After reading "The Barbed Coil," a truly unmemorable and rather stale tale, I was reluctant to pick up this work, regardless of an advanced reader's copy given to me or the sfsite's recommendation of the book as one of the best works of 1999. Since January of that year the book has been sitting on my shelves gathering dust and in general ignored as I turned to more obvious and predictable sources of reading pleasure. In hindsight, the only benefit I have accrued by this error in judgment is that I will have less time to wait for the next novel, which I dearly hope will soon be released.
As another reviewer has implied, it is difficult to believe this book was ever written by the same author as "The Barbed Coil." Whereas that book was common and at times self-consciously cute (and continues annoyingly here to err in this direction with an occasional use of Scottish brogue and references to "wee lassies"), this work is well above the ordinary or clichéd work that dominates most fantasy fiction, offering a tale that is complex and written with a skill only barely glimpsed in the earlier book. Interweaving plots with the skill of the best epic fantasists, if Ms. Jones is able to maintain the level of writing found here, this work will surely come to equal the recent work of authors such as Katherine Kerr, Robin Hobb, George R.R. Martin or Robert Jordan. And the author has created a cold and ice-bound world that is largely original---certainly so in terms of the mythic cosmology surrounding it and the deep, oftentimes grim mysticism with which it is imbued. The mythos surrounding this tale is as broad, complex and detailed as any to be found in fantasy fiction, equaled only contemporaneously by Steven Erikson or Robert Jordan.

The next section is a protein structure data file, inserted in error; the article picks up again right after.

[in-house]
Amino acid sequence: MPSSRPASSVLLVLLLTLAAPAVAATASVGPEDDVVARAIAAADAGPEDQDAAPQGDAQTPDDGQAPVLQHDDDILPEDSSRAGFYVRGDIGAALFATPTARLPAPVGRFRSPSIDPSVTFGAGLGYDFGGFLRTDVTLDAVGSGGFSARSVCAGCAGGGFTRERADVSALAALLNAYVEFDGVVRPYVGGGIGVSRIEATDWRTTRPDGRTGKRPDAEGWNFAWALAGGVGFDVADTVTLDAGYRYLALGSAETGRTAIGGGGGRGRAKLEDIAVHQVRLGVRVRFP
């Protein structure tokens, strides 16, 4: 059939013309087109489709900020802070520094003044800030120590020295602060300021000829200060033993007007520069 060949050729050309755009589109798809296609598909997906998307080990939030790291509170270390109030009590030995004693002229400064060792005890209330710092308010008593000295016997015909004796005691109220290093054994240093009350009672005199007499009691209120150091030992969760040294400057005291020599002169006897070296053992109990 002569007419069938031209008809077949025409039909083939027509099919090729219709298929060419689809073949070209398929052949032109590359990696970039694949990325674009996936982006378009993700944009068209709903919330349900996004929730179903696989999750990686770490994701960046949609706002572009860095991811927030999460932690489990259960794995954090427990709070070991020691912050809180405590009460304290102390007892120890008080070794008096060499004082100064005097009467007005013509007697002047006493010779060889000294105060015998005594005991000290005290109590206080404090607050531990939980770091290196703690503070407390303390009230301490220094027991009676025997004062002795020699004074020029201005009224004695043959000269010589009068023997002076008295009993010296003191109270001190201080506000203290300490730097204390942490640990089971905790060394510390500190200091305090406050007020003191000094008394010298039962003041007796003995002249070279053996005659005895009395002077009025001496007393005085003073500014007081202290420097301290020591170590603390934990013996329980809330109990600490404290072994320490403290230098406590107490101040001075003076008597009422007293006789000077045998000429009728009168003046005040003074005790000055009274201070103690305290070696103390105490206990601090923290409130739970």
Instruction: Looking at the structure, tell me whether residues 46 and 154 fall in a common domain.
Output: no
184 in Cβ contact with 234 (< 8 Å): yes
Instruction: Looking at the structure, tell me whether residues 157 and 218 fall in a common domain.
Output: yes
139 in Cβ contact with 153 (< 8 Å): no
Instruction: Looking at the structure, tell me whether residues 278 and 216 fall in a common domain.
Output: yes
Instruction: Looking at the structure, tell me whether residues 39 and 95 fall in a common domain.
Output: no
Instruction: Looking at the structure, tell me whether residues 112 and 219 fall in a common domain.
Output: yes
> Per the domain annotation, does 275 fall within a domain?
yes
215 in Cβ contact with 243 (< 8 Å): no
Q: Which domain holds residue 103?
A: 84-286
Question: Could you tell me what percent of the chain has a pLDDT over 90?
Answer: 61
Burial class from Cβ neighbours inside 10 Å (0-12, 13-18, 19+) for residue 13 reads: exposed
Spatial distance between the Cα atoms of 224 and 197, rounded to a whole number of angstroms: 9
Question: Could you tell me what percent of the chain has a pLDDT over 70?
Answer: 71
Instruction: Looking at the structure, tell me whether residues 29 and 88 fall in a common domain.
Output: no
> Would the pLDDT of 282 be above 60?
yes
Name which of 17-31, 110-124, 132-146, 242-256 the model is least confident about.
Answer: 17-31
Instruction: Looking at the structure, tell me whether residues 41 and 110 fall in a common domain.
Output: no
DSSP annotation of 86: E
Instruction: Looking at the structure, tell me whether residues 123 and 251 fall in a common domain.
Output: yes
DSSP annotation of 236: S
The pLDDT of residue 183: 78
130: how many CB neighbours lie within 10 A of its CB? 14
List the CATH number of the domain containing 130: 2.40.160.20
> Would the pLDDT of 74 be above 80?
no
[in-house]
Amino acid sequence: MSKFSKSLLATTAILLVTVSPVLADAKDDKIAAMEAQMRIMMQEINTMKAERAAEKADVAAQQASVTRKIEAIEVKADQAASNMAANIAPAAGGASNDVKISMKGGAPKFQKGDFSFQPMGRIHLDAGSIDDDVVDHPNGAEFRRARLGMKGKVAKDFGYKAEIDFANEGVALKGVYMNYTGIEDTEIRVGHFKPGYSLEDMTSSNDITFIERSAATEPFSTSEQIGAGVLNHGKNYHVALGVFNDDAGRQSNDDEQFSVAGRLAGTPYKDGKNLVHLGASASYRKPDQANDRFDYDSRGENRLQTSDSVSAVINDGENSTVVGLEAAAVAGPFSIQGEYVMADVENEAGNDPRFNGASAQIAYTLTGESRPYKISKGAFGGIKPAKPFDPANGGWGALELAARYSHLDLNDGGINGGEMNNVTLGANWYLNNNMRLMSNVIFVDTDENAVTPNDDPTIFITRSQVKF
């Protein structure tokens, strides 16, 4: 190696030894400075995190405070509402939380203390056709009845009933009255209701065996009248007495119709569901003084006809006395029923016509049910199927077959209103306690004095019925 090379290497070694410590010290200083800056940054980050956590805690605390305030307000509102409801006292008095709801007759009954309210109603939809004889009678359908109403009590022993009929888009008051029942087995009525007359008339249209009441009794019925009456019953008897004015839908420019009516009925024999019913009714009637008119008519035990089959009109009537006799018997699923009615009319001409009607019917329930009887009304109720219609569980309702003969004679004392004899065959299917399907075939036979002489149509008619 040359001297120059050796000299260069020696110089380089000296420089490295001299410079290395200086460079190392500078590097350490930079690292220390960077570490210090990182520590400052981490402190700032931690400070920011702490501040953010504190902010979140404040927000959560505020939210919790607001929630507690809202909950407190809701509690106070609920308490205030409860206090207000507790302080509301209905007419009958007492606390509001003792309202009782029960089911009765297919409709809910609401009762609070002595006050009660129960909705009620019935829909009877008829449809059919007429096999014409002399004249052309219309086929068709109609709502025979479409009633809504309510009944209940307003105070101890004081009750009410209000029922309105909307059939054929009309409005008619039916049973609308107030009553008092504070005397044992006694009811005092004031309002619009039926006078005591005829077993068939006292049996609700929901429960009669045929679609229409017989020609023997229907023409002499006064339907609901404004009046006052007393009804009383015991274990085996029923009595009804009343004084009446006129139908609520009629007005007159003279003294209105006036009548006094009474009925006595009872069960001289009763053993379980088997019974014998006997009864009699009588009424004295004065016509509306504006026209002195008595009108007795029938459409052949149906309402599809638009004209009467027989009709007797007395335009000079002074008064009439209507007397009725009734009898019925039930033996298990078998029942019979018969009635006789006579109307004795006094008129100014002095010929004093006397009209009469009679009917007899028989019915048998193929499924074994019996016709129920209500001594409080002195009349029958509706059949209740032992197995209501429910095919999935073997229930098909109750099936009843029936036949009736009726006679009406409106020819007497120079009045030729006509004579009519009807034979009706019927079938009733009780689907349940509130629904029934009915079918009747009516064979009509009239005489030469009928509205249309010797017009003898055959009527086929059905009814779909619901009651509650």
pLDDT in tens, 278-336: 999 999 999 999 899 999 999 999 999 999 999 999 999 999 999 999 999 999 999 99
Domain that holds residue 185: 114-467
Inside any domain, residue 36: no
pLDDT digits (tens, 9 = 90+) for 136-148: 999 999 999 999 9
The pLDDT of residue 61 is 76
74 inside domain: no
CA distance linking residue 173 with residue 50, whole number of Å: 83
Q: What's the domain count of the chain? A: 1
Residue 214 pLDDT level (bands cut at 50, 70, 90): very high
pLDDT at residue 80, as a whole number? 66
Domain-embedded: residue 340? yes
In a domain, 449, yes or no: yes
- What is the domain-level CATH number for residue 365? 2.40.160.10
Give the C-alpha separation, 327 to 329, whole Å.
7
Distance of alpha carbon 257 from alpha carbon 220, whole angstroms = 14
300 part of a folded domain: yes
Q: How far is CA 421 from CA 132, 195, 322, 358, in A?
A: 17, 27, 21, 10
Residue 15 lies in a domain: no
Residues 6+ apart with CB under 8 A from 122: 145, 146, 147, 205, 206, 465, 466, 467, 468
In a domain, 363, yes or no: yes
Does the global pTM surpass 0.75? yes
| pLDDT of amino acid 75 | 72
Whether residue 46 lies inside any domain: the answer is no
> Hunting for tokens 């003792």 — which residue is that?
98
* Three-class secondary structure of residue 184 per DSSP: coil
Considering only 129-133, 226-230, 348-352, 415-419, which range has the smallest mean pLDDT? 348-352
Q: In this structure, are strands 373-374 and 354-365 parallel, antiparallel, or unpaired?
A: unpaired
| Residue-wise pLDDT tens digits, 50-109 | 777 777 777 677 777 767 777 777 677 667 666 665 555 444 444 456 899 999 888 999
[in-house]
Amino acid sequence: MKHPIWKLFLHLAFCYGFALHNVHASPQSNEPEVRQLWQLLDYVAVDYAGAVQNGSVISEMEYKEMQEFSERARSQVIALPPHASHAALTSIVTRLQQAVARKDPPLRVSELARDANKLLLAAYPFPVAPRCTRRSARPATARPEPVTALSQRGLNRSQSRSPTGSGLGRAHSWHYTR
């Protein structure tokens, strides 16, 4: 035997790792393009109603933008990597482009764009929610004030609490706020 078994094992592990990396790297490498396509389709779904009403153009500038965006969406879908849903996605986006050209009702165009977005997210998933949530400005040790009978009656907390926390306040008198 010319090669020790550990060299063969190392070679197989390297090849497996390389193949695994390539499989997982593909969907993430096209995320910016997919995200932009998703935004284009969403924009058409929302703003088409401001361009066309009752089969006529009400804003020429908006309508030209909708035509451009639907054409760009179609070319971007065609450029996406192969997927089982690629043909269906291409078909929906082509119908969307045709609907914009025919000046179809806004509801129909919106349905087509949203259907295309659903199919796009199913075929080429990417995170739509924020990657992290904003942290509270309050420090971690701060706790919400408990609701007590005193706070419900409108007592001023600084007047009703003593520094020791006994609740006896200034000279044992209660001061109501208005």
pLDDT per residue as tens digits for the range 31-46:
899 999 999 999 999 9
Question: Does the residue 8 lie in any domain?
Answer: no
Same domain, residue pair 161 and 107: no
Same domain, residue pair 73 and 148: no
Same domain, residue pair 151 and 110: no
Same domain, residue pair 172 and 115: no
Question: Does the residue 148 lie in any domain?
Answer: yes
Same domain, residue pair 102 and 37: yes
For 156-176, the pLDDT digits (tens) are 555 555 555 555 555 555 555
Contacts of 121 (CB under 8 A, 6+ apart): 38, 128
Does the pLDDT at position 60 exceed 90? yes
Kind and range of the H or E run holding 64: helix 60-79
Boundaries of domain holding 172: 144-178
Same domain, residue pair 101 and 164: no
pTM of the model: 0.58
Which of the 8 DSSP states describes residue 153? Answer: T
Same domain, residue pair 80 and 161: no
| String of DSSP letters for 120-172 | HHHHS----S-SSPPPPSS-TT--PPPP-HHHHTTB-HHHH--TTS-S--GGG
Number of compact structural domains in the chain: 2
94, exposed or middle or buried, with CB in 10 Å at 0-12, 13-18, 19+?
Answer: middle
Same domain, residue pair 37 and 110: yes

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11 of 11 people found the following review helpful By the_smoking_quill on April 23, 2002
Format: Paperback Verified Purchase